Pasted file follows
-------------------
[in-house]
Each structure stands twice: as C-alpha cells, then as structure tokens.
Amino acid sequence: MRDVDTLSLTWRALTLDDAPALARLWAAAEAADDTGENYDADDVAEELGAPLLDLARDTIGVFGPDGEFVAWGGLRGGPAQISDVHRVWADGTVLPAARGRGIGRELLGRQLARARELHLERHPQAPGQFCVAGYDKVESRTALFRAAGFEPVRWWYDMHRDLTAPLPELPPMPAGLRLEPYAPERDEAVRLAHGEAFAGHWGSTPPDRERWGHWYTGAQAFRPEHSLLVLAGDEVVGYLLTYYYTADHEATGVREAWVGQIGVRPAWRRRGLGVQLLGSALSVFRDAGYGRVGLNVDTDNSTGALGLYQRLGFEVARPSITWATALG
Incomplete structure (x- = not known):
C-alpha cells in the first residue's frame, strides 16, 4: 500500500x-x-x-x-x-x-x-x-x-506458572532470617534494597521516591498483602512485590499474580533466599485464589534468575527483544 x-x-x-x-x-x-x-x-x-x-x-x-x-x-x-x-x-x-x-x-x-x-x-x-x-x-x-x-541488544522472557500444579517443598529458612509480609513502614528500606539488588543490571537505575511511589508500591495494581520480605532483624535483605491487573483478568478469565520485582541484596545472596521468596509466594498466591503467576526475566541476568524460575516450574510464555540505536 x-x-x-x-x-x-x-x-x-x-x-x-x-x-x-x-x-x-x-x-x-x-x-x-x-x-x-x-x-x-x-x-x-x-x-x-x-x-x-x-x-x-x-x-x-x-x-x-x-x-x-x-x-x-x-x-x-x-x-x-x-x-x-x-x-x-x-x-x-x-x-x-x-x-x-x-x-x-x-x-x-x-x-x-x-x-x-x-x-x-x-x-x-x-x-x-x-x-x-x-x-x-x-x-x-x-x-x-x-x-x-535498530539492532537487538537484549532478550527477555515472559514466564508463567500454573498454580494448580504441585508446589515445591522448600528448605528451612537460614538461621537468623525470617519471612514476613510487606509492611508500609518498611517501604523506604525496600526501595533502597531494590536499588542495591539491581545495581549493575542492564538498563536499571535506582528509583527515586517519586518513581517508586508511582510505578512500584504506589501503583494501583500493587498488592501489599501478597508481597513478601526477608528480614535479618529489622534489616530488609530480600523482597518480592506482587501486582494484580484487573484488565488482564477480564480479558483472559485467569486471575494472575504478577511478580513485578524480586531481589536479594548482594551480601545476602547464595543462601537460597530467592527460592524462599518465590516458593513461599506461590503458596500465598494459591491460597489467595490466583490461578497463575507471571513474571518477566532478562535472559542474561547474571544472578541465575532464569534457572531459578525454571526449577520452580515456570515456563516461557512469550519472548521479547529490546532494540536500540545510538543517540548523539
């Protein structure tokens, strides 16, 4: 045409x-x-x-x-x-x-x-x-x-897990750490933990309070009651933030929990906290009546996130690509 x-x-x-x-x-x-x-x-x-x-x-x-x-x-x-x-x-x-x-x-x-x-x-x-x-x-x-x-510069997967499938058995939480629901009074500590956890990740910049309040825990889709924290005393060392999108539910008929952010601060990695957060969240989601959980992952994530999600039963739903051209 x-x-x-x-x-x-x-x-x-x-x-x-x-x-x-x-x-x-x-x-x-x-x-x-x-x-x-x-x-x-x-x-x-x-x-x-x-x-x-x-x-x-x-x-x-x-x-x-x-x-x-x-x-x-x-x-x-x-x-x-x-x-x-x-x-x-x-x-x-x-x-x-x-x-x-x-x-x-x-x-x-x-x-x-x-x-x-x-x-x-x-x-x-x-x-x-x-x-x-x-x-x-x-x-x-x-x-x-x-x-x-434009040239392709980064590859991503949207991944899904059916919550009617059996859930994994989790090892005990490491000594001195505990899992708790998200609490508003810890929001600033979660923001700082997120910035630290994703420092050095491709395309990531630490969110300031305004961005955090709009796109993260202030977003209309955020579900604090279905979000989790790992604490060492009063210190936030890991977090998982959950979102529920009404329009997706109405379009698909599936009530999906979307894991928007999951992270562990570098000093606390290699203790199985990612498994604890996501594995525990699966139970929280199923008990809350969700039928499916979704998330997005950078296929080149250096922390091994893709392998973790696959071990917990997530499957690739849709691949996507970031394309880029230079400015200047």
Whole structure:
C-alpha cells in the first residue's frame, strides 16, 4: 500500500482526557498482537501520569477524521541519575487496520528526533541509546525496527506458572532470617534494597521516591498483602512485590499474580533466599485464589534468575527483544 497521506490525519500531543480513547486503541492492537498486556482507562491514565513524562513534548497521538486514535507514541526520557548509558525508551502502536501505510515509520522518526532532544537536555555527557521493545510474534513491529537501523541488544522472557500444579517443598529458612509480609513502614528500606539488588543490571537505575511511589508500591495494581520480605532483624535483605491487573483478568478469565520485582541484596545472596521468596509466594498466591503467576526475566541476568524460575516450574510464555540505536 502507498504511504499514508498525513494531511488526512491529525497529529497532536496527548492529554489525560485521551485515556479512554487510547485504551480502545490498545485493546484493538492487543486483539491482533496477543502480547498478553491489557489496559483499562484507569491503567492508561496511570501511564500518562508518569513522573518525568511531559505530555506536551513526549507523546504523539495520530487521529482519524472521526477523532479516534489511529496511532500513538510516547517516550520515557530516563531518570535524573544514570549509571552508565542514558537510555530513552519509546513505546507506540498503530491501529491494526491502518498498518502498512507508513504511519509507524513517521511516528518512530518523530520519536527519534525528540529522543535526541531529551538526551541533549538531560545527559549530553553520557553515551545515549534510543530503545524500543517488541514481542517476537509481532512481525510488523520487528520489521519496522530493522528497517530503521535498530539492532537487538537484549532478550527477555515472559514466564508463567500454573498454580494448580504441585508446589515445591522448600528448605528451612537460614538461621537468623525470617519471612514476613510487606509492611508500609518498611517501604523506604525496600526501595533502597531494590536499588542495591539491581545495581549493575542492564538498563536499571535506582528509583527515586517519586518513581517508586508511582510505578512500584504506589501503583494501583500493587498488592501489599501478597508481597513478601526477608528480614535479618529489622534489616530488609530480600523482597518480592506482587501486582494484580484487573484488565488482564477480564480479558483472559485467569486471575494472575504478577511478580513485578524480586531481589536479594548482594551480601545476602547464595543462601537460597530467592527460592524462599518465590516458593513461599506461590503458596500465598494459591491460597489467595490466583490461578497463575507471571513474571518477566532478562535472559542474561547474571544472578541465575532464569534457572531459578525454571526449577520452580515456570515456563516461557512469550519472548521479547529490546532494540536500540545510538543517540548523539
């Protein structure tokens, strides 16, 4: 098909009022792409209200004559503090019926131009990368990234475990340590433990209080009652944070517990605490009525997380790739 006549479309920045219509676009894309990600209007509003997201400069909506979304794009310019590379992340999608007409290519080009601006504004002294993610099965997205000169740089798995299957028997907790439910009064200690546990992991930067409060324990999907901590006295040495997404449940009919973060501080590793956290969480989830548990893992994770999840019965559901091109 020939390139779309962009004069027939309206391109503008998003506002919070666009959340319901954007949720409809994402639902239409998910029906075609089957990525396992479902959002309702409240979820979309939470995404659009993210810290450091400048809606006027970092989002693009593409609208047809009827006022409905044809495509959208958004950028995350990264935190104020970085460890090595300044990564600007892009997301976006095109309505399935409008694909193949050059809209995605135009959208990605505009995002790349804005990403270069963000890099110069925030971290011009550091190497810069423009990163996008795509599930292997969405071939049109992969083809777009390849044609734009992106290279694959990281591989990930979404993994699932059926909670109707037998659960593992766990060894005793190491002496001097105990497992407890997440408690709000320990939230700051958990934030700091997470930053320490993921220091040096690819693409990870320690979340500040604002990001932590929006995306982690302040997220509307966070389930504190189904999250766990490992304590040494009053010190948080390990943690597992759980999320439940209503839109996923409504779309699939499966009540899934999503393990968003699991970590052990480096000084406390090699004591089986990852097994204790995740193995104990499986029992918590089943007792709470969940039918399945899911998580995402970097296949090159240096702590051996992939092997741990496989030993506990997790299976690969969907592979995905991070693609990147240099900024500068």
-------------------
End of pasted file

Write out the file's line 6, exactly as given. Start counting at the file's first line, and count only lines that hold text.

């Protein structure tokens, strides 16, 4: 045409x-x-x-x-x-x-x-x-x-897990750490933990309070009651933030929990906290009546996130690509 x-x-x-x-x-x-x-x-x-x-x-x-x-x-x-x-x-x-x-x-x-x-x-x-x-x-x-x-510069997967499938058995939480629901009074500590956890990740910049309040825990889709924290005393060392999108539910008929952010601060990695957060969240989601959980992952994530999600039963739903051209 x-x-x-x-x-x-x-x-x-x-x-x-x-x-x-x-x-x-x-x-x-x-x-x-x-x-x-x-x-x-x-x-x-x-x-x-x-x-x-x-x-x-x-x-x-x-x-x-x-x-x-x-x-x-x-x-x-x-x-x-x-x-x-x-x-x-x-x-x-x-x-x-x-x-x-x-x-x-x-x-x-x-x-x-x-x-x-x-x-x-x-x-x-x-x-x-x-x-x-x-x-x-x-x-x-x-x-x-x-x-x-434009040239392709980064590859991503949207991944899904059916919550009617059996859930994994989790090892005990490491000594001195505990899992708790998200609490508003810890929001600033979660923001700082997120910035630290994703420092050095491709395309990531630490969110300031305004961005955090709009796109993260202030977003209309955020579900604090279905979000989790790992604490060492009063210190936030890991977090998982959950979102529920009404329009997706109405379009698909599936009530999906979307894991928007999951992270562990570098000093606390290699203790199985990612498994604890996501594995525990699966139970929280199923008990809350969700039928499916979704998330997005950078296929080149250096922390091994893709392998973790696959071990917990997530499957690739849709691949996507970031394309880029230079400015200047």